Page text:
Within many SaaS companies the lead volume is very high and there are only so many phone calls one can make. The trick is to focus on the most promising prospects, the potential customers who came in with a real intention to evaluate the service and buy.
In order to focus on the right opportunities, sales teams should have ‘intention indication’ which is usually reflected by the amount of time and investment prospects put in the evaluation process. In short, make sure your CRM contains data that reflects the actual (as opposed to potential) engagement level of a lead, and prioritize your work accordingly.
2. Increase Contact Rate
Every sales person knows that being in contact with a prospect increases the chances of a bigger, better deal. However, in many cases, due to volume and geography it takes a while before you can actually contact a prospect.
To increase your chances of making contact, follow up while the prospect is within context, meaning, when the prospect is actually using the web application. By implementing a ‘who’s currently online’ monitor and contacting leads that are actively evaluating, your contact rates are sure to go up.
3. Make smart and personal sales call
When making contact, be sure to use all the information you have on the prospect in order to be personal and address the actual needs of a potential client. Prospects who interact with your business over the web expect a conversation with a sales rep to be effective and rather not repeat their entire history which was already reflected in forms that they have filled out and actions they performed on your application.
Make sure to prepare for each sales call by reviewing the following on the lead:
Demographics information: This includes the size and industry of the organization, the evaluator’s role within the organization and so forth.
Usage information: What has a prospect done so far during their Trial? Have they been able to get up and running? Are they using the software regularly during trial? Did they invite necessary stakeholders to join the evaluation (where appropriate)?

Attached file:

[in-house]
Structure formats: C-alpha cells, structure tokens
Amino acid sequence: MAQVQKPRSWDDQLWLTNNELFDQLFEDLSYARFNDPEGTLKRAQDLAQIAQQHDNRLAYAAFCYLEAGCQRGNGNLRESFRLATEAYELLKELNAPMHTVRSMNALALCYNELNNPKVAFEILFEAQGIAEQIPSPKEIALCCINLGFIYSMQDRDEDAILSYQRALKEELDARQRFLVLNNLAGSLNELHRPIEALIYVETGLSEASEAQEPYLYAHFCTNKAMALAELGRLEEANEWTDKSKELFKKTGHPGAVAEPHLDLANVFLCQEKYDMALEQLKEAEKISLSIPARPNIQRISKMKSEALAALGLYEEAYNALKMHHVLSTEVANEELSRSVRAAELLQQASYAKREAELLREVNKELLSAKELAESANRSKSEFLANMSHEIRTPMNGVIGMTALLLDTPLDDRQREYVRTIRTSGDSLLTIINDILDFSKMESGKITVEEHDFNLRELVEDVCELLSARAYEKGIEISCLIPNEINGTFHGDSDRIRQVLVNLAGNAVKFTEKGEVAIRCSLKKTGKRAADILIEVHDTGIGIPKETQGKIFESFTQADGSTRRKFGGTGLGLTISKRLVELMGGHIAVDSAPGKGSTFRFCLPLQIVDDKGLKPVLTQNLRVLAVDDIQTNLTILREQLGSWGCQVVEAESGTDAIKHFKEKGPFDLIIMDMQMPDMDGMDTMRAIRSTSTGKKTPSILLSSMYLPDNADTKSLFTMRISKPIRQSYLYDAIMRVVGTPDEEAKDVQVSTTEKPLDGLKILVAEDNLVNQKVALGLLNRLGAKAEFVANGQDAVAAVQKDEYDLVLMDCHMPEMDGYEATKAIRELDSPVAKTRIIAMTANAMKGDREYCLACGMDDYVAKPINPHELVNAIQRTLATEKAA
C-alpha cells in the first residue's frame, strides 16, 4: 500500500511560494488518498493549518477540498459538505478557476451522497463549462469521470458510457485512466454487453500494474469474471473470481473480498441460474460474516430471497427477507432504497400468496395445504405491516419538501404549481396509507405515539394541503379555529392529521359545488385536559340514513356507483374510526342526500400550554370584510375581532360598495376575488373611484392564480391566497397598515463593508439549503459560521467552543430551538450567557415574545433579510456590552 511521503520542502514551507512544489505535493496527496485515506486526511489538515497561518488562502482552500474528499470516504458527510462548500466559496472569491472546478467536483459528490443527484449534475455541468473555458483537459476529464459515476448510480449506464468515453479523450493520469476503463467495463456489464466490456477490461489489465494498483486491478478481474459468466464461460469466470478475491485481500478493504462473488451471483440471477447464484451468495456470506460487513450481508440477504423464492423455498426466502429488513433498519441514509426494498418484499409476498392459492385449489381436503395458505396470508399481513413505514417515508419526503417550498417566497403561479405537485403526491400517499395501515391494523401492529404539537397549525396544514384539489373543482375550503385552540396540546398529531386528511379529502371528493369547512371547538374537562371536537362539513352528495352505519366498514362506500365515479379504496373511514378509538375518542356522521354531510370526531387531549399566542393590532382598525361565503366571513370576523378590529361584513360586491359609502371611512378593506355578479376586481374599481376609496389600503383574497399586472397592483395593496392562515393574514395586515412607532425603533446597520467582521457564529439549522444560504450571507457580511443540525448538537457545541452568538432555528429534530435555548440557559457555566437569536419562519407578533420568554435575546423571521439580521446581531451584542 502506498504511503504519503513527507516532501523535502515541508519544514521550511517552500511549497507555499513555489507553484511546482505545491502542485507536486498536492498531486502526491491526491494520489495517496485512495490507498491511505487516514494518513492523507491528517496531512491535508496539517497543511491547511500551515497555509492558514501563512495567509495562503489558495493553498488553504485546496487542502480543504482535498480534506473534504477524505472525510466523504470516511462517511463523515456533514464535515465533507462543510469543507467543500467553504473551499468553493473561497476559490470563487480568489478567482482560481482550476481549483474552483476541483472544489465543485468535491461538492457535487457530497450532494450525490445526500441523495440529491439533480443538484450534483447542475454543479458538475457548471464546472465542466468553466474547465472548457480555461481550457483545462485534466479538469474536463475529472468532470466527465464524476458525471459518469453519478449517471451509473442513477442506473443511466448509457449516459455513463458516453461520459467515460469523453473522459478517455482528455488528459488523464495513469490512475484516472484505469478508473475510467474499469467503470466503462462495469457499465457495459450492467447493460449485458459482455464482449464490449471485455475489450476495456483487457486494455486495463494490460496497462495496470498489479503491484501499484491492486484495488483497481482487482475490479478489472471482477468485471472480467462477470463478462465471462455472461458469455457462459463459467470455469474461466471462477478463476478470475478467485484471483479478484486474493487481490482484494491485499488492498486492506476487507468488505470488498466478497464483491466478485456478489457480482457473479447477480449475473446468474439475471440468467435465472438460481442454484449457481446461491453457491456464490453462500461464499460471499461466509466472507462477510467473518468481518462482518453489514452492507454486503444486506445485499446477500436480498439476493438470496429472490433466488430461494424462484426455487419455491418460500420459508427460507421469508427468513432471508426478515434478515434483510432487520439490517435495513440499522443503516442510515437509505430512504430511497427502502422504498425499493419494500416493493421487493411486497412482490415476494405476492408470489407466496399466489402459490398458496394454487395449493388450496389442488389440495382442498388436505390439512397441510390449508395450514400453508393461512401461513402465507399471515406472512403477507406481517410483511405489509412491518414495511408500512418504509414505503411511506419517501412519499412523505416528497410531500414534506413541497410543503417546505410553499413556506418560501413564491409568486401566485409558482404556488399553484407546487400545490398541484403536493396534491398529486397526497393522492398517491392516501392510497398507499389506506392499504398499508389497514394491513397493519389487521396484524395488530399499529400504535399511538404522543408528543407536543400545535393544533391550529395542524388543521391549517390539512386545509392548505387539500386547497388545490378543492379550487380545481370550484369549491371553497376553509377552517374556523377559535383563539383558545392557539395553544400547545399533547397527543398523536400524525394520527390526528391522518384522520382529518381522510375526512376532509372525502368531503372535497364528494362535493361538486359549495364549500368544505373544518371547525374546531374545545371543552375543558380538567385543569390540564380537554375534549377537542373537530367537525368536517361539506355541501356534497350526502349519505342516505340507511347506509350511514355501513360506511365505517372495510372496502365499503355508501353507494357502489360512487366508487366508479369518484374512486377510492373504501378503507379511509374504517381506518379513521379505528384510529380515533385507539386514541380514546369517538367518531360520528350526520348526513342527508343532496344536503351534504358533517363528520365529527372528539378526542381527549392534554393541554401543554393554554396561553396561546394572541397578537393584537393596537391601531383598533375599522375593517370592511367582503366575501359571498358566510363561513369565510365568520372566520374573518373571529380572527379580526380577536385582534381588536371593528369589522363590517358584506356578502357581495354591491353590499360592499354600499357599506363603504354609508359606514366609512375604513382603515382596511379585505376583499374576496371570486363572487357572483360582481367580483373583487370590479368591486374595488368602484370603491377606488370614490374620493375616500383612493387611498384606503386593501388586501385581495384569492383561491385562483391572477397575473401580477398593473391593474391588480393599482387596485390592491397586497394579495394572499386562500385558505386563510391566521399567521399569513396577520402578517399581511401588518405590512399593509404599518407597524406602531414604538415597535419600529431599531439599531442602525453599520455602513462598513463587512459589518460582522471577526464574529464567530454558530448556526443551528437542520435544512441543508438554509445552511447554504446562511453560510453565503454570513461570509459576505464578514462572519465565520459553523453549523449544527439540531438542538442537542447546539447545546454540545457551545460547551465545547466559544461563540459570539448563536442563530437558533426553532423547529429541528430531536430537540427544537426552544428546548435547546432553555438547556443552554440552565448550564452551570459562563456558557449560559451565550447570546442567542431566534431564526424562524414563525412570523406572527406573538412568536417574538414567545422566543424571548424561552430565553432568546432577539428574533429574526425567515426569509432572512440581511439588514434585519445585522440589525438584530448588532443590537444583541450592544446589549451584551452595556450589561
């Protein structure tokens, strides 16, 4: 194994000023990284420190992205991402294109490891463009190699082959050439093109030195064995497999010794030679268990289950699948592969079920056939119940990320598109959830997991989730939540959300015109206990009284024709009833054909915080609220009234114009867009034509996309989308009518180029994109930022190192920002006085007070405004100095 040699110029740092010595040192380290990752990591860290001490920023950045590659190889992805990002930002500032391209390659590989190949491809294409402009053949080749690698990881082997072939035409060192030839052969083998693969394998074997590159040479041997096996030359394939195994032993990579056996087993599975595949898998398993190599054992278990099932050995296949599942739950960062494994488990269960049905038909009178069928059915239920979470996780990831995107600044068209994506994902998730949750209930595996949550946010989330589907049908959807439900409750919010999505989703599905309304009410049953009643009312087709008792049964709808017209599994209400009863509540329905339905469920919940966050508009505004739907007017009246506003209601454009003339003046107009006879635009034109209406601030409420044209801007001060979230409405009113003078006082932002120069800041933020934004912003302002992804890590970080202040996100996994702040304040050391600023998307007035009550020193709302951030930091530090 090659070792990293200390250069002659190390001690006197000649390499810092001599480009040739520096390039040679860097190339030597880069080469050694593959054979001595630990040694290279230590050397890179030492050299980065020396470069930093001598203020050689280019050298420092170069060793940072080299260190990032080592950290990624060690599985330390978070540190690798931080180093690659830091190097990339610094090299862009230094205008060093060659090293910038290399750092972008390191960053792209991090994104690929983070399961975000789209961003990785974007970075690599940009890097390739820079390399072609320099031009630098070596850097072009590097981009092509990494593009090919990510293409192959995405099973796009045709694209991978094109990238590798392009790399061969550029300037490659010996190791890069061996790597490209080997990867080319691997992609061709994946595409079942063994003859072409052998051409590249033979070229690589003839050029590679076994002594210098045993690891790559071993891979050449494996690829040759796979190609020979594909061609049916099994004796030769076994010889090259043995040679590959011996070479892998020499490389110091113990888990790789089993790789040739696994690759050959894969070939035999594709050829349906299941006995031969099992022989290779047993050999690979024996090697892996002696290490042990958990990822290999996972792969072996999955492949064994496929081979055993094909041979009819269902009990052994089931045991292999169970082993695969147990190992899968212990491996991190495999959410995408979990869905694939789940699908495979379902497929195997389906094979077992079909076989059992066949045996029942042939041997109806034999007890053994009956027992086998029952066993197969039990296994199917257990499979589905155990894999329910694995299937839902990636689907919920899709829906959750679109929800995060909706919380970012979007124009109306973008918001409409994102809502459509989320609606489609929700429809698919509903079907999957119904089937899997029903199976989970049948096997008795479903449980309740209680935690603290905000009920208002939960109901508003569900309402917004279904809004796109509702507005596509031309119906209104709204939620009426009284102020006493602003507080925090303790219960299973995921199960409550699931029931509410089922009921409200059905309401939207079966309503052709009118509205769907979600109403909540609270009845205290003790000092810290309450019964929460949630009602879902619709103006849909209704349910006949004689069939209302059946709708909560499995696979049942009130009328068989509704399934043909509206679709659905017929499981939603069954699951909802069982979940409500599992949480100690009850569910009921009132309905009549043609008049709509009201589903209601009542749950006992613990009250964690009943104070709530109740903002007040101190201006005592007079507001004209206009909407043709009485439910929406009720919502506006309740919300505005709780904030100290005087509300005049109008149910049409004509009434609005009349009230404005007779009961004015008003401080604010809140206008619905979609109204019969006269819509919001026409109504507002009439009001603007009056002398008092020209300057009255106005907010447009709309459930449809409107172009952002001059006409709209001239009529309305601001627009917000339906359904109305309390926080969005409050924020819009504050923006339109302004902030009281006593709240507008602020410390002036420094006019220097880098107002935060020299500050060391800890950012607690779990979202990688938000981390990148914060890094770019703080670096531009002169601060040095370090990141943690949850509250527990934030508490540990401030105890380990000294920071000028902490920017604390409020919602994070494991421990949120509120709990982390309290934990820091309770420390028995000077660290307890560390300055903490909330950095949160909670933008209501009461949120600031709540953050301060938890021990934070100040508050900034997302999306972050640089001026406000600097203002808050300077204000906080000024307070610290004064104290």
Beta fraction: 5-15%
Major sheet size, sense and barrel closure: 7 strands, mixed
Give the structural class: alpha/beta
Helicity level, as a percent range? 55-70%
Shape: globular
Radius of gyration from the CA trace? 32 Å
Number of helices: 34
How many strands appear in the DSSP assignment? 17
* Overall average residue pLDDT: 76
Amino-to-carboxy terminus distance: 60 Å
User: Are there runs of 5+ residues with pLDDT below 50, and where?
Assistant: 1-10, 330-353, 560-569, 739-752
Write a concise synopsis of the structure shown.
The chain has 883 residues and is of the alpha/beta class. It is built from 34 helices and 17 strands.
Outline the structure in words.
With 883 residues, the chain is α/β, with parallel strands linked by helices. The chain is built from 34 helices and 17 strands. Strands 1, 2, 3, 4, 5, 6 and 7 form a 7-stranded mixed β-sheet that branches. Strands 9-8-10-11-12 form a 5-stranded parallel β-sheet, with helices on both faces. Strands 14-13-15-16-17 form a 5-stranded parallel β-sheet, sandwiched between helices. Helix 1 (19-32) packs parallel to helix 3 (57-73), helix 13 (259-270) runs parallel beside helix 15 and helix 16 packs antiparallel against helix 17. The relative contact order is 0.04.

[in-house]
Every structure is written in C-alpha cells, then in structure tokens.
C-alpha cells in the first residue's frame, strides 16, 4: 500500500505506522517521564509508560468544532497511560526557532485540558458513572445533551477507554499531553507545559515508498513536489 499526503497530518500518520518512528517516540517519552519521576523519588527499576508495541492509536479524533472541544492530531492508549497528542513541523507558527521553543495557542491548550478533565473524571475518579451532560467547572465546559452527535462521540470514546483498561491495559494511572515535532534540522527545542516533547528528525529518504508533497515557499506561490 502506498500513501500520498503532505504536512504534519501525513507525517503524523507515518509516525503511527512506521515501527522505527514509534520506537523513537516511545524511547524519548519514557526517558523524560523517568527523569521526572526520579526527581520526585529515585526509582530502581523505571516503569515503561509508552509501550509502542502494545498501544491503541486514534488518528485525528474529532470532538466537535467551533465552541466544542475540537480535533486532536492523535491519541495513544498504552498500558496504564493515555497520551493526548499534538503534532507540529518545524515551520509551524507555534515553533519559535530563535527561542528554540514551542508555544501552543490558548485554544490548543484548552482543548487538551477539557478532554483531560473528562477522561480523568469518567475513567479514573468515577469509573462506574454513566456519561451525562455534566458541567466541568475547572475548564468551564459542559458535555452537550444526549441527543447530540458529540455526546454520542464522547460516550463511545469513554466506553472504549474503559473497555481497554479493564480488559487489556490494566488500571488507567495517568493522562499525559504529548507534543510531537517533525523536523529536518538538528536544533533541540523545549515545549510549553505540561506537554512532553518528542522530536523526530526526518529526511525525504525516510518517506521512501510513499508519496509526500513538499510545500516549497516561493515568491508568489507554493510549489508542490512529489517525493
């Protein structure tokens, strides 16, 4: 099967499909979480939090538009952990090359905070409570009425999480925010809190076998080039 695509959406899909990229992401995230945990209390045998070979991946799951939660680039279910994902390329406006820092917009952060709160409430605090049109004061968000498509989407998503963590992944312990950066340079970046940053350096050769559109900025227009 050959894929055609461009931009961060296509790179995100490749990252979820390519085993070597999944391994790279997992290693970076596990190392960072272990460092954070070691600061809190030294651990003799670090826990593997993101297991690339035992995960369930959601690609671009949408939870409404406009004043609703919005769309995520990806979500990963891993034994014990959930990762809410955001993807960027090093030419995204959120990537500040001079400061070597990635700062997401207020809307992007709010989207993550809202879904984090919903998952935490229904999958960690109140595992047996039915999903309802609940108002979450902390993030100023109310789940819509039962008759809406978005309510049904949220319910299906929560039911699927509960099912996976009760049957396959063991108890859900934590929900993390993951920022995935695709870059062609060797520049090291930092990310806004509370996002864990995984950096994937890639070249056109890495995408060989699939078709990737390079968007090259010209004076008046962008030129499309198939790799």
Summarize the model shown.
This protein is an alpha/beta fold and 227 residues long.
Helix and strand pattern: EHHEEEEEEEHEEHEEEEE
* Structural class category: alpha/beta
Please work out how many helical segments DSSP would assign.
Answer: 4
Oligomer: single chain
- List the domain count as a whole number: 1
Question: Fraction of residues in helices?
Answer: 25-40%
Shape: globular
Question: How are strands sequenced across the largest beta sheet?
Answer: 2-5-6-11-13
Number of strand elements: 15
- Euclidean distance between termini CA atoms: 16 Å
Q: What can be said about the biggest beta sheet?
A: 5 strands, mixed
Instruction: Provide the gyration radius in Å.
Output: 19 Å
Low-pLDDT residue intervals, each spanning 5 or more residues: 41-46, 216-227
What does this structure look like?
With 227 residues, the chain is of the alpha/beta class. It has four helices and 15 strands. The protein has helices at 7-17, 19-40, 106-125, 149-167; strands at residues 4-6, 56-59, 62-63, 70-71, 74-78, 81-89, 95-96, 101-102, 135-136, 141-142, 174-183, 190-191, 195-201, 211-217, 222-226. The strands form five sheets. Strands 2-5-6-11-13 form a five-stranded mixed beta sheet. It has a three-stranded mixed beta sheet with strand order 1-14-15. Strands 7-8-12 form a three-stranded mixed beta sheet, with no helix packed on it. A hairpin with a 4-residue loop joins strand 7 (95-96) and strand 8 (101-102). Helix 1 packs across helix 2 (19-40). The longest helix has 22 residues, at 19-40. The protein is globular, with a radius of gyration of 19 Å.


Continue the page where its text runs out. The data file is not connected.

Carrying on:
Make sure your sales-tools provide visibility into these two issues so you can form an intelligent view on their status and be more useful to the lead as you interact.
4. Timely follow up
Potential customers need time to absorb the information available on your web site and properly evaluate to understand the true value of your service. In many cases, they will evaluate multiple alternatives simultaneously. Make sure to follow up on time. On the one hand you don’t want to annoy the prospect (that adds zero value), but on the other hand you wouldn’t want to drop the ball and let them fall in the hands of your competition.
Sales teams should map various milestones of the evaluation process, and have clear benchmarks and definitions for prospects who are on track and those who are not.
For example, for an online help-desk service, we would expect to have more than one agent by the 5th day of the evaluation. If this is the case, a prospect is on track and only needs encouragement, if this is not the case, a prospect might need a different type of engagement in order to open the road blocker.
Managing these milestones for multiple ongoing accounts is not easy, but it’s essential to fulfill your role as a facilitator of the evaluation.
Successful SaaS sales teams that follow a proven methodology and take advantage of automated high-quality information will increase their chances to sell more and faster. They will improve the predictability and consistency of results – this is critical for scaling the organization.
Managing a Software-as-a-Service (SaaS) business isn’t trivial. Successful SaaS companies are able to deal with a high volume of leads and turn those into a high volume of loyal customers with fast response and turnaround time.
This is often referred to as the ‘sales and marketing machine’ – a highly optimized, massively scalable and controlled business operation that is capable of:
Continuously increasing the service value, differentiation and offerings.
In order to build a ‘sales and marketing machine,’ companies need to invest in the tools that will get them the business scalability that is required and reduce the learning curve.
Many startups begin with homegrown solutions using spreadsheets and databases (with a bit of integration glue in between). This is sufficient for small scale, but quickly becomes unwieldy as the organization grows. Luckily, there are excellent tools available for SaaS companies to leverage.
Many vendors have a “starter” package, so there is really no excuse not to start building your tool-chest sooner rather than later.
The Customer Life-Cycle
To best understand where the different categories of tools fit, it’s best to look at the various stages of the customer life-cycle, as they evolve from early prospects to mature customers.
At Totango, we use the following customer life-cycle terms:
Visitor – Anonymous user on the website
Lead – Person who has expressed some interest in the service. This can be anything from downloading a white paper to signing-up to a trial